The Great Lover (英語) ペーパーバック – 2011/4/14
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He lives in the sewers... and in the black world between stations... the trains shrilly call to one another blind and massive in the dark - black rushing silence, rent by screaming trains ... Like the hideous angler fish of the ocean's deepest places, he is an otherworldly scavenger drifting in currents heavier than avalanches, slow as glaciers, a sea wasp with a bridal train of tingling nerves that drift in the sewage time and again tangling in women's dreams. From Michael Cisco, author of The Divinity Student, comes a visionary novel of eros and thanatos. The Great Lover, the sewerman, is the undead hero who nonetheless carries the torch of libido and life. Mischievous Frankenstein, uproarious cartoon demon, mascot of the subway cult, witch-doctor of feculent enchantment and weary veteran of folies d'amour, he stands, or shambles, as our last champion against the monochrome, white-noise forces of Vampirism.
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Cisco also examines the relationship between the author and the reader, the reader and the book. The very physical aspect of holding a book whilst reading, and the feeling one gets when nearing the end of a story are called out; Cisco implores us - the readers - to cherrish that feeling, to bask in it, to allow ourselves to be absorbed into the book. The idea here is that the fantastic world of the book has been created to make the reader view his or her own reality in a more meaningful way. We are not supposed to escape into a world of fiction, but conversely the world of the fiction should be used as a way to more intensely focus our attention on our own lives.
I haven't checked yet, but I wouldn't be surprised to find that Cisco's books - at least the ones he's already written - are not and never will be available as e-books. And without giving anything away (although saying even this may be too much), I wouldn't read The Great Lover without first reading The Divinity Student, The Traitor, The Tyrant, and The Narrator.
It is, ultimately, about itself. The book. The characters. The "plot." Everything is about The Great Lover - the book I was holding while reading. It's not telling a story, it is a story. It exists in my world, as do I.
"People must hurt each other, as inevitably as they breathe. Nothing can stop it. It's not enough to accept it. Accepting it is not enough, like sighing resignedly and putting on an attitude of long-suffering. Don't get to be too good at protecting yourself. You've got to be ripped to pieces for the one you love, again and again. That's doesn't prove anything but love, and its entitlements are a frailty that can't be held. But you will live even in that hell. The fire that hurts you gives off light like any other fire, that illuminates beautiful things, and is beautiful itself."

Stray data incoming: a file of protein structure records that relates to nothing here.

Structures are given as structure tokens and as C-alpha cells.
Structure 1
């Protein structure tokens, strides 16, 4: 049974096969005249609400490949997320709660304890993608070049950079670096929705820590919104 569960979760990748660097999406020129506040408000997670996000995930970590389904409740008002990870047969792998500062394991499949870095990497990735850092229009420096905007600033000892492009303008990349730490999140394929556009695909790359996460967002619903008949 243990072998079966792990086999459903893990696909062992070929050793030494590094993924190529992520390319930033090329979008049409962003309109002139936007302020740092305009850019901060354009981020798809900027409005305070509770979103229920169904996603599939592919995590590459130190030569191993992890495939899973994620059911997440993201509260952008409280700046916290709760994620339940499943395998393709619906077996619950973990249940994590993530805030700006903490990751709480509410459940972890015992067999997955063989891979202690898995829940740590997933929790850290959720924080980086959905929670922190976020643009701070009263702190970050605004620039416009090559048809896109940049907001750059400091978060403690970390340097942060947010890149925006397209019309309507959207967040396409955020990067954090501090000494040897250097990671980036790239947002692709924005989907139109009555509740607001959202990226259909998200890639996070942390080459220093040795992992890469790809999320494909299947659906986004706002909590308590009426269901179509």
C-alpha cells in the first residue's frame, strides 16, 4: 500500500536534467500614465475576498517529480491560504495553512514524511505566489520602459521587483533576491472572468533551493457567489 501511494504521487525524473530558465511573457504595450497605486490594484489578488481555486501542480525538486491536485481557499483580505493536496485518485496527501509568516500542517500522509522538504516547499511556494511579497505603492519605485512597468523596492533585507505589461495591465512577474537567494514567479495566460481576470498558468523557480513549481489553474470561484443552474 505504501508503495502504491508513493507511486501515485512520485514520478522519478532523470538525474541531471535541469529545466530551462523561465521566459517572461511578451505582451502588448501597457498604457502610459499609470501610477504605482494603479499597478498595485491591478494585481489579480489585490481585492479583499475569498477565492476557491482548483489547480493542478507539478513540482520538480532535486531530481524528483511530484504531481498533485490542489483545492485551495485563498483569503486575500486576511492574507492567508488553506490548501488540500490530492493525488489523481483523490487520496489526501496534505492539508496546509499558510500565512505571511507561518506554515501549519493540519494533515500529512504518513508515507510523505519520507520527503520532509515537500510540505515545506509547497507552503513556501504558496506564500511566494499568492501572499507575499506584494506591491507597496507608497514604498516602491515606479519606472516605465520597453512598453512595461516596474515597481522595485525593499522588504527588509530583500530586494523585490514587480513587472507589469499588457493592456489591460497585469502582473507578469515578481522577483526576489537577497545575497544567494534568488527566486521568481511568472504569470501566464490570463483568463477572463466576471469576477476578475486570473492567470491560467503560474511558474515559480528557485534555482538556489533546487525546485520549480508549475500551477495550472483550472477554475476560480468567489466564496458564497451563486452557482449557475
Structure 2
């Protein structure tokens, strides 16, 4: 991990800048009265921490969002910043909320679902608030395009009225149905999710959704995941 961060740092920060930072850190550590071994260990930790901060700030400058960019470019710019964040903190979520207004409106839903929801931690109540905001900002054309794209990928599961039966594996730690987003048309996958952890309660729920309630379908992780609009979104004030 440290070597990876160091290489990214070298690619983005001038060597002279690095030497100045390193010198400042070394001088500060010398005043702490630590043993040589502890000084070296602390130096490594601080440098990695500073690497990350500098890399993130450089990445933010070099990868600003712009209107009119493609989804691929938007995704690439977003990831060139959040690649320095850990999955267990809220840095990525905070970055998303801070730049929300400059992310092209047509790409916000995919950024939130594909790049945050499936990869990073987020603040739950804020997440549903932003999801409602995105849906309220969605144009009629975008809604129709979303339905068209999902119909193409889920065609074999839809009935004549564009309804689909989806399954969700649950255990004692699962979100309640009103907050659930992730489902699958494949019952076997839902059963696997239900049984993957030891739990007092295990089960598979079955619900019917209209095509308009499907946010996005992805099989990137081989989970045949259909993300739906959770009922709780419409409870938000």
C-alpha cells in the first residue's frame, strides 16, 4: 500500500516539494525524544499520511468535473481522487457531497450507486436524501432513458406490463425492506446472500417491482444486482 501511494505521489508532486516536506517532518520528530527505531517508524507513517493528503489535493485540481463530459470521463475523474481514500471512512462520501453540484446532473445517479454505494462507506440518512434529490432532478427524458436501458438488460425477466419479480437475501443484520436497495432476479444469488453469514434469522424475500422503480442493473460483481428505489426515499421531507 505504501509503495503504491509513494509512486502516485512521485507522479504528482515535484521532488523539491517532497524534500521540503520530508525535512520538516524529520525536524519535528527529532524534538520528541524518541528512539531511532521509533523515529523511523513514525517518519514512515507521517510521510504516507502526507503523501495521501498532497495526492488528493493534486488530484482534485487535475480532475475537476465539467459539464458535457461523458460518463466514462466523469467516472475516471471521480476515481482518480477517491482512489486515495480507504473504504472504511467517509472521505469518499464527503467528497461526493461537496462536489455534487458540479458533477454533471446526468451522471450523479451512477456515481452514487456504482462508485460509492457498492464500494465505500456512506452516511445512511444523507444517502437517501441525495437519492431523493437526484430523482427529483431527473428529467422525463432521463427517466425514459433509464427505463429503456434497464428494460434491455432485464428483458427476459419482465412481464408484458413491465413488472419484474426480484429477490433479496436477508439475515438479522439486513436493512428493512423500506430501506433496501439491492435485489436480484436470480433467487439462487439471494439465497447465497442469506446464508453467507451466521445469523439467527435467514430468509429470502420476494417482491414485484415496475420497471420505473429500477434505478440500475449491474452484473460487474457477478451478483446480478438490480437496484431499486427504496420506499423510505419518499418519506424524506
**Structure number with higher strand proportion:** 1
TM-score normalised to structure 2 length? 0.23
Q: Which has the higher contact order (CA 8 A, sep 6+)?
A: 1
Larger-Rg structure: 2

The Great Lover, Michael Cisco
"Here among the branches and drifting lamps, in a silence punctuated by the barely audible creaking of the boughs and the rasp of leaves falling, settling, delicate corpses are suspended like wasps' nests, dappled with shadow and soft, shabby patches of decay. They are stored among the branches until all of them have convened, filling the wood with a musty odor, mixed with the smell of the trees the forest has the scent of an ancient spice cabinet. Incense is wafted over the bodies daily; the censer-bearers move patiently along from trunk to trunk, and tender shoots of smoke slither in the grooves of the bark, coil up in bunches under dully lustrous leaves.
"'We must put the bodies in the brine tank.'
"The music of these words reverberates from one end of the narrative to the other. Down below you, in the sewers, I struggle in the strong, brown current. Pale helpless bodies shrink deeper into the protection of my arms.
"The map (aside): He works doggedly, with a kind of protestant strenuousness. Without pause he turns and goes back into the tunnels, drops instantly into the water and is gone, coat flapping behind him in the current like a ray's wing. He emerges again, a body beneath each arm; the water seems reluctant to release him, dropping from his back like a heavy hood. These are the last.
"A wind stirs the wood, the bodies nod dreamily, serene faces dip, fingered by branch shadows. The wind animates hands and feet, and the bodies gesture with a voiceless grace, celestial, fairy tranquility. They are like shafts of sunlight dropping down through the forest canopy, light or dark their skin sheds a mist of light, as though these woods had been invaded by an army of gigantic glow worms, inexplicably locked in sleep."
Yes yes long quotes are all very well, you say, whoever you are on the other side of the screen, but what is the book ~about~? If I thought I knew, I would tell you. But all he sees are pieces of the puzzle: lust and death and religion and the contemporary underworld of the subway; a Prosthetic Libido and a City of Sex and Vampirism. Is the book irreducible because the mysteries it examines are irreducible, or because the reader has Missed the Point? In any case he will read it again, after he has read more Michael Cisco's work. Until then, there is only the experience of reading it: almost incidental postmodern asides; language, grammar, usage so eccentric that typos are impossible to tell from artistic license; a sequence of tragic misunderstandings that unfolds at breakneck pace' scenes that are disturbing viscerally, psychologically, philosophically, or all at once. The Great Lover is, is, is... is.